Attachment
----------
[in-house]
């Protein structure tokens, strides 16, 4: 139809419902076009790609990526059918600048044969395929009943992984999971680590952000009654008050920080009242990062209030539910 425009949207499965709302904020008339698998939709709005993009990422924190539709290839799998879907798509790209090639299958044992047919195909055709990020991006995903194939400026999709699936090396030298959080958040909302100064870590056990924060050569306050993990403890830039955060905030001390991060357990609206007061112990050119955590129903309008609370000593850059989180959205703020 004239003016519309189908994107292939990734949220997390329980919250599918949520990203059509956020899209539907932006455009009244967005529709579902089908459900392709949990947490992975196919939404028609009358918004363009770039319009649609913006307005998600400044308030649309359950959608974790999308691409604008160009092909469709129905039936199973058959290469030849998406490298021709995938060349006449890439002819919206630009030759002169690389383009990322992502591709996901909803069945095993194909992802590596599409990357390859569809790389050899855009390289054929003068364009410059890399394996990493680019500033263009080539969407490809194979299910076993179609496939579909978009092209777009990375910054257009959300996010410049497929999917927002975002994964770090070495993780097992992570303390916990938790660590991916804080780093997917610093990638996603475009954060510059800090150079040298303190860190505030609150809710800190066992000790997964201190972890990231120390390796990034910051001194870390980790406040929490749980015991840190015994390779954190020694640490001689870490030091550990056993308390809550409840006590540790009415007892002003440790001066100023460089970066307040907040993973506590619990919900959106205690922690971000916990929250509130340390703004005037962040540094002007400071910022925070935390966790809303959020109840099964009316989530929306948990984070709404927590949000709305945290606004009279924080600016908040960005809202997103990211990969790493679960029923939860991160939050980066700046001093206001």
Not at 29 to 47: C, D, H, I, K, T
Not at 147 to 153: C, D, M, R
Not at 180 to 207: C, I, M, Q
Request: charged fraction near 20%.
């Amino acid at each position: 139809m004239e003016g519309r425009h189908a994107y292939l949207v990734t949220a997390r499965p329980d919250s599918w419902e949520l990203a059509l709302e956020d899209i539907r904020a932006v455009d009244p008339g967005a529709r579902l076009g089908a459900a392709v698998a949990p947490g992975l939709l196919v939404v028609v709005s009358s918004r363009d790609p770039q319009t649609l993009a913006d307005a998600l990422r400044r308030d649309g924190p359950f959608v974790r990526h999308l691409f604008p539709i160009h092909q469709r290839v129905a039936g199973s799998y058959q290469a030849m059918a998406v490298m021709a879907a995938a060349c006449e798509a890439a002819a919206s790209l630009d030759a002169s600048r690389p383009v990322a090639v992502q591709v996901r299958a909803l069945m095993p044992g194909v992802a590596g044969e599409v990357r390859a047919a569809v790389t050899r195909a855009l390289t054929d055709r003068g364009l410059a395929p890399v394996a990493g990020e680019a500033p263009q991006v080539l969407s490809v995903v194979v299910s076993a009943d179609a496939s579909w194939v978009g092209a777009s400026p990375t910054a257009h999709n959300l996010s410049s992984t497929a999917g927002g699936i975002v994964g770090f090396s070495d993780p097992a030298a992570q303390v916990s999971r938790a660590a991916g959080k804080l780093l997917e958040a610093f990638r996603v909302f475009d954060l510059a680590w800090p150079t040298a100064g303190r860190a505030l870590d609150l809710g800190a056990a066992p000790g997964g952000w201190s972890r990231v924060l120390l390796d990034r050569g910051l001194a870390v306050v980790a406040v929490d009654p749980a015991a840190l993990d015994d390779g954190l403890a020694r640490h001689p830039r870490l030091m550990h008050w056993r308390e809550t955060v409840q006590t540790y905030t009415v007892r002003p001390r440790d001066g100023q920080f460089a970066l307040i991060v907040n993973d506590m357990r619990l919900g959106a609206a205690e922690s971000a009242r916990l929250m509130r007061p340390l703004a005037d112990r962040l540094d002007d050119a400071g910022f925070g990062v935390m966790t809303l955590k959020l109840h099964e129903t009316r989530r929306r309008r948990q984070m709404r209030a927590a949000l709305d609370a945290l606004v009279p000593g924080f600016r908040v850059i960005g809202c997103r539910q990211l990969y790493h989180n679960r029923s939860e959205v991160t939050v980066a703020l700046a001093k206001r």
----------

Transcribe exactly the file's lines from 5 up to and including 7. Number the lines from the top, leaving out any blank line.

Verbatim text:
Not at 180 to 207: C, I, M, Q
Request: charged fraction near 20%.
């Amino acid at each position: 139809m004239e003016g519309r425009h189908a994107y292939l949207v990734t949220a997390r499965p329980d919250s599918w419902e949520l990203a059509l709302e956020d899209i539907r904020a932006v455009d009244p008339g967005a529709r579902l076009g089908a459900a392709v698998a949990p947490g992975l939709l196919v939404v028609v709005s009358s918004r363009d790609p770039q319009t649609l993009a913006d307005a998600l990422r400044r308030d649309g924190p359950f959608v974790r990526h999308l691409f604008p539709i160009h092909q469709r290839v129905a039936g199973s799998y058959q290469a030849m059918a998406v490298m021709a879907a995938a060349c006449e798509a890439a002819a919206s790209l630009d030759a002169s600048r690389p383009v990322a090639v992502q591709v996901r299958a909803l069945m095993p044992g194909v992802a590596g044969e599409v990357r390859a047919a569809v790389t050899r195909a855009l390289t054929d055709r003068g364009l410059a395929p890399v394996a990493g990020e680019a500033p263009q991006v080539l969407s490809v995903v194979v299910s076993a009943d179609a496939s579909w194939v978009g092209a777009s400026p990375t910054a257009h999709n959300l996010s410049s992984t497929a999917g927002g699936i975002v994964g770090f090396s070495d993780p097992a030298a992570q303390v916990s999971r938790a660590a991916g959080k804080l780093l997917e958040a610093f990638r996603v909302f475009d954060l510059a680590w800090p150079t040298a100064g303190r860190a505030l870590d609150l809710g800190a056990a066992p000790g997964g952000w201190s972890r990231v924060l120390l390796d990034r050569g910051l001194a870390v306050v980790a406040v929490d009654p749980a015991a840190l993990d015994d390779g954190l403890a020694r640490h001689p830039r870490l030091m550990h008050w056993r308390e809550t955060v409840q006590t540790y905030t009415v007892r002003p001390r440790d001066g100023q920080f460089a970066l307040i991060v907040n993973d506590m357990r619990l919900g959106a609206a205690e922690s971000a009242r916990l929250m509130r007061p340390l703004a005037d112990r962040l540094d002007d050119a400071g910022f925070g990062v935390m966790t809303l955590k959020l109840h099964e129903t009316r989530r929306r309008r948990q984070m709404r209030a927590a949000l709305d609370a945290l606004v009279p000593g924080f600016r908040v850059i960005g809202c997103r539910q990211l990969y790493h989180n679960r029923s939860e959205v991160t939050v980066a703020l700046a001093k206001r």